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Publication numberUS3228972 A
Publication typeGrant
Publication dateJan 11, 1966
Filing dateFeb 21, 1962
Priority dateFeb 21, 1962
Also published asDE1261511B, DE1693178A1
Publication numberUS 3228972 A, US 3228972A, US-A-3228972, US3228972 A, US3228972A
InventorsSchwartz Herbert
Original AssigneeSchwartz Herbert
Export CitationBiBTeX, EndNote, RefMan
External Links: USPTO, USPTO Assignment, Espacenet
Lower alkyl esters of n-(alkyl) maleamic acid
US 3228972 A
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Description  (OCR text may contain errors)

United States Patent 3,228,972 LQWER ALKYL ES'IERS OF N-(ALKYL) MALEAMIC ACID Herbert Schwartz, Smaragdplein 186, Utrecht, Netherlands No Drawing. Filed Feb. 21, 1962, Ser. No. 174,694 6 Claims. (Cl. 260-482) The invention relates to a novel improved process for the preparation of esters of amic acids in high yields. The invention also relates to novel esters of maleamic acids having the formula wherein R is an alkyl group having 10 to 18 carbon atoms and R is a lower alkyl group having 1 to 7 carbon atoms. The invention also relates to novel methods for 'combatting fungi, bacteria, nematodes and insects and a novel method for regulating the growth of plants.

Prior art attempts to prepare esters of amic acids, particularly unsaturated cis esters such as maleamic acid, have not been successful particularly if the said amic acid is not stable. In US. Patent No. 2,885,319 methyl maleanilate was formed by refluxing maleanilic acid in methanol in the presence of concentrated sulfuric acid. In US. Patent No. 2,779,704 esters of substituted maleanilic acids were prepared by refluxing the acid in an alcohol in the presence of p-toluenesulfonic acid as a catalyst. However, attempts to repeat this procedure resulted mainly in cleavage of the amide linkage to give the corresponding aniline salt and the corresponding di-alkyl maleate.

Other methods such as refluxing maleanil in methanolic hydrogen chloride and reacting silver salts of maleamic acids with alkyl halides are not commercially acceptable because of the expense of the starting materials. In U.S. Patent No. 2,627,487 maleamates are prepared by reacting the mono-ethyl ester of maleic acid chloride with an amine but is not economical due to the difl'lculty in preparing the said ester chloride.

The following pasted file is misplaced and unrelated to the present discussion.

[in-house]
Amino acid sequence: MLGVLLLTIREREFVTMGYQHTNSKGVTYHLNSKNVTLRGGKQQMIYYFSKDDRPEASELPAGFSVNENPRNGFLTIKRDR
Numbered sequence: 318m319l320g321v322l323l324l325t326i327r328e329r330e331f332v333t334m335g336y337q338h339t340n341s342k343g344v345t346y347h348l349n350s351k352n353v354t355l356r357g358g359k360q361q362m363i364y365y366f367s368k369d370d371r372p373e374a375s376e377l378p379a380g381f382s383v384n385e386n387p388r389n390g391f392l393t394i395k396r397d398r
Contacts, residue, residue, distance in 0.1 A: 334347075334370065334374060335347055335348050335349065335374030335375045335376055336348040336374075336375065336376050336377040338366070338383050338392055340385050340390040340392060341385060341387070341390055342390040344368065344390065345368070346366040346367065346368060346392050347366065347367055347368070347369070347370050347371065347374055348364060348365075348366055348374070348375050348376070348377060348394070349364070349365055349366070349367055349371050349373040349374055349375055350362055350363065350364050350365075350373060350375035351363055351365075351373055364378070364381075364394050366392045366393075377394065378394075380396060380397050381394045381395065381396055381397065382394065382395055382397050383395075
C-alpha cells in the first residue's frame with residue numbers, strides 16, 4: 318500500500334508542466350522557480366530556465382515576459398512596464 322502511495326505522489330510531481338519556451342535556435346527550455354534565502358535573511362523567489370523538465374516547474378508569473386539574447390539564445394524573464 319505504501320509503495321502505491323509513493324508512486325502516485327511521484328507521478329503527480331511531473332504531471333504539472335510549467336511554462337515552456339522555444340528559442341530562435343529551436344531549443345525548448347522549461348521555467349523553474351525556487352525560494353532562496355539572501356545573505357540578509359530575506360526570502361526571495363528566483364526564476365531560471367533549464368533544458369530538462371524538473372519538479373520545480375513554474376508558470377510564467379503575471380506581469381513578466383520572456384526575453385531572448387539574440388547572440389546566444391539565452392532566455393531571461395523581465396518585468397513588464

The reaction of potassium N-alkyl maleamates with methyl iodide is said to produce various methyl N-alkyl maleamates (Mehta et al., J. Org. Chem., vol. 25 (1960), pages 1012-1015). However, upon repeating this experiment, the infrared spectrum and a fractional crystallization of the product showed the product to be a mixture of N-allryl maleamic acid, N-alkyl malearnide, and about 5% of methyl N-alkyl malearnate.

It is an object of the invention to provide an economical and simple method for producing esters of acids, particularly malearrr c acids, in high yields.

It is a further object of the invention to provide novel esters of N-alkyl maleamic acids wherein the alkyl group has 10 to 18 carbon atoms.

It is another object of the invention to provide a novel method for combatting insects.

It is an additional object of the invention to provide a novel method for combatting fungi.

It is another object of the invention to provide a novel method for regulating the growth of plants.

It is a further object of the invention to provide a novel method for combatting bacteria.

It is another object of the invention to provide a novel method for combatting nematodes.

These and other objects and advantages of the invention will become obvious from the following detailed description.

"ice

The process of the invention for the preparation of esters of amic acids having the formula R1 0 o I ll RzN( i-R OH III wherein R, R and R have the above definitions with an alcohol selected from the group consisting of cycloalkanols, arylalkanols and aliphatic alcohols having 1 to 18 carbon atoms in the presence of a dehydrating agent selected from the group consisting of phosphorous pent oxide and concentrated sulfuric acid at moderate temperatures to form the said ester and recovering the latter. The process is particularly useful in forming the cis esters of unsaturated amic acids as most other methods give the trans esters rather than the cis esters.